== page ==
The partial federal government shutdown forced the U.S. Consumer Product Safety Commission (“CPSC” or “Commission”) along with other agencies to close for 35 days. In fact, the last recall on the Commission’s website is dated December 20, 2018—two days before the unprecedented shutdown began.
According to a CPSC memo, only 4% of the Commission’s staff (20 out of 550 employees) were permitted to work during the shutdown. Those essential employees were directed to work on tasks that “create a substantial and immediate threat to the safety of human life.”
With the Commission closed for most of January, it is unsurprising that there have been no recalls issued or civil penalties assessed by the CPSC. But this shutdown serves as a reminder that manufacturers, distributors, and retailers cannot shirk their obligations under federal consumer protection laws even if the CPSC is closed. The shutdown does not change a company’s mandatory reporting obligations. Also, companies—not the Commission—are responsible for issuing product recalls. Thus, although the Commission usually works closely with companies to issue recalls, a company’s liability for not issuing a timely recall is not relieved by the Commission’s closure. In fact, Acting Chairman Ann Marie Buerkle recently tweeted that “it is up to the reporting entity to determine whether a recall should be done independently while the shutdown persists.”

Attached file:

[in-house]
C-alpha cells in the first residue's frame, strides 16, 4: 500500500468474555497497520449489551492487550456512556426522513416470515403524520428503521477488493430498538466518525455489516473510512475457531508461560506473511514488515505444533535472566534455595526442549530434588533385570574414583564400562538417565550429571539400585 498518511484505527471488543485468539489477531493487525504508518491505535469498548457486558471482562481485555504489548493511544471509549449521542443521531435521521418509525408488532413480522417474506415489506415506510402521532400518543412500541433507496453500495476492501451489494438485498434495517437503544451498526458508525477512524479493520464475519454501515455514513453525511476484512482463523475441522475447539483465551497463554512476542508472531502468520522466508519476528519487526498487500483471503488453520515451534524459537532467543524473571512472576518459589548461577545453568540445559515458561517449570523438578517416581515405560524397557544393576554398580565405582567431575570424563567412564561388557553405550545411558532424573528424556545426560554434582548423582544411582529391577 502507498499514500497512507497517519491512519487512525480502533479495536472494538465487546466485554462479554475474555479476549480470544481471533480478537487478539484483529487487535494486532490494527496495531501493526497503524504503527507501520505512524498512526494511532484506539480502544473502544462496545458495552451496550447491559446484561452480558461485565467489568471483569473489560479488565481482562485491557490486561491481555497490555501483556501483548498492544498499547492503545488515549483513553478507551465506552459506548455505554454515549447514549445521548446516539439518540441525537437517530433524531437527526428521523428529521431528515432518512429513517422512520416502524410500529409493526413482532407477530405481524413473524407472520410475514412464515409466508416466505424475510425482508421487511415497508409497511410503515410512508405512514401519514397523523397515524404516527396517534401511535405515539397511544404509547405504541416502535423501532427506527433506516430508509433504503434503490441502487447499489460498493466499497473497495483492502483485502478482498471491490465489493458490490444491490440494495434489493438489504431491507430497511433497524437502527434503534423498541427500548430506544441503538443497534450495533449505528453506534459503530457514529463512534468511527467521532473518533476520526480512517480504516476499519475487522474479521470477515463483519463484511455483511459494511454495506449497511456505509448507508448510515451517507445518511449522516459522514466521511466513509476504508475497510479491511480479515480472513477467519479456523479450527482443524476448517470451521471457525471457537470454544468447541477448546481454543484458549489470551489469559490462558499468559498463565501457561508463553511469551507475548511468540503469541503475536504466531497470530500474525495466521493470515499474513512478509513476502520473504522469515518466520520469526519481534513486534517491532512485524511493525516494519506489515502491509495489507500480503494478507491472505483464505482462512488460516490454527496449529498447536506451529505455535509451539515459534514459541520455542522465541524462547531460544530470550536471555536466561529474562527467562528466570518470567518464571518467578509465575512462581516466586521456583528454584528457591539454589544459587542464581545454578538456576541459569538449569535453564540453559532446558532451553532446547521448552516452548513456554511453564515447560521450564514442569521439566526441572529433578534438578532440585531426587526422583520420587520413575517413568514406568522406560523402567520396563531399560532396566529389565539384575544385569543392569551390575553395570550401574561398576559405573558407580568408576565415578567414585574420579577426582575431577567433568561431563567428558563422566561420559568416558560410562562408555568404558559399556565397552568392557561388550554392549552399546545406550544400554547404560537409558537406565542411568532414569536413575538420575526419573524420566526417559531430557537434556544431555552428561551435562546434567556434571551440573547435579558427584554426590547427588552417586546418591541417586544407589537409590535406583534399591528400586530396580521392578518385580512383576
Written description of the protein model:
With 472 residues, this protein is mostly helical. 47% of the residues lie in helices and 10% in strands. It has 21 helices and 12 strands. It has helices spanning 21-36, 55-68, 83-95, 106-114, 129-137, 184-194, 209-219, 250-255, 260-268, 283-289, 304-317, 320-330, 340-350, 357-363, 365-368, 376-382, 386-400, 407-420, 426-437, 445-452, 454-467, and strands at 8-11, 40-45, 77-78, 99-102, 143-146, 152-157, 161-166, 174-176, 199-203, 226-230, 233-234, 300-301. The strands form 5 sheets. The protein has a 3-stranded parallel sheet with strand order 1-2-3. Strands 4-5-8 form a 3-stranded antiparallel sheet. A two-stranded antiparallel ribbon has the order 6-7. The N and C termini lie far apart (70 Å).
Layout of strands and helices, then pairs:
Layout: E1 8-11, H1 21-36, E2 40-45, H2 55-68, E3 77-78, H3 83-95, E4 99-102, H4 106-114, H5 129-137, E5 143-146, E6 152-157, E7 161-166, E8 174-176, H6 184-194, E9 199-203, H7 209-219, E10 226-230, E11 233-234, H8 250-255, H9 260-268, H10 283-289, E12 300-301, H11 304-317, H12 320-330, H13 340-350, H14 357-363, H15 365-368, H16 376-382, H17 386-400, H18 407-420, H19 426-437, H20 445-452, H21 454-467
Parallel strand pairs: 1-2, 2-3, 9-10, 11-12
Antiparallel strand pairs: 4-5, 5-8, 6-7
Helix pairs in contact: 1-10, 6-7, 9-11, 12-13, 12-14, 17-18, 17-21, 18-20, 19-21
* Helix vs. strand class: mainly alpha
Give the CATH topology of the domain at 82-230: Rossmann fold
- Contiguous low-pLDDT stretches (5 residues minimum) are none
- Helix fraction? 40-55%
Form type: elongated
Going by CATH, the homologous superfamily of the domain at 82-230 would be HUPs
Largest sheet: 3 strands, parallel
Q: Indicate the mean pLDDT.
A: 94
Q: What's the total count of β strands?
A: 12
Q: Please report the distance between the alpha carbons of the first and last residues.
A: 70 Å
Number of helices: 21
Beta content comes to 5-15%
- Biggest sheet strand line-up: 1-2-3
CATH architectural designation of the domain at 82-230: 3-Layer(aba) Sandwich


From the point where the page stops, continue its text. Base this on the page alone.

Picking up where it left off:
At least seven companies have issued unilateral recalls via their own communication channels during the shutdown for the following consumer products:
Although the Commission was closed during the shutdown, President Trump took the expected step of again nominating Ann Marie Buerkle for CPSC Chairman for a seven-year term. President Trump has previously nominated Buerkle twice for this position (July 2017 and January 2018) but both nominations expired after Senate leadership failed to bring them to the U.S. Senate floor for a vote. Buerkle has served as the CPSC’s Acting Chairman since February 9, 2017.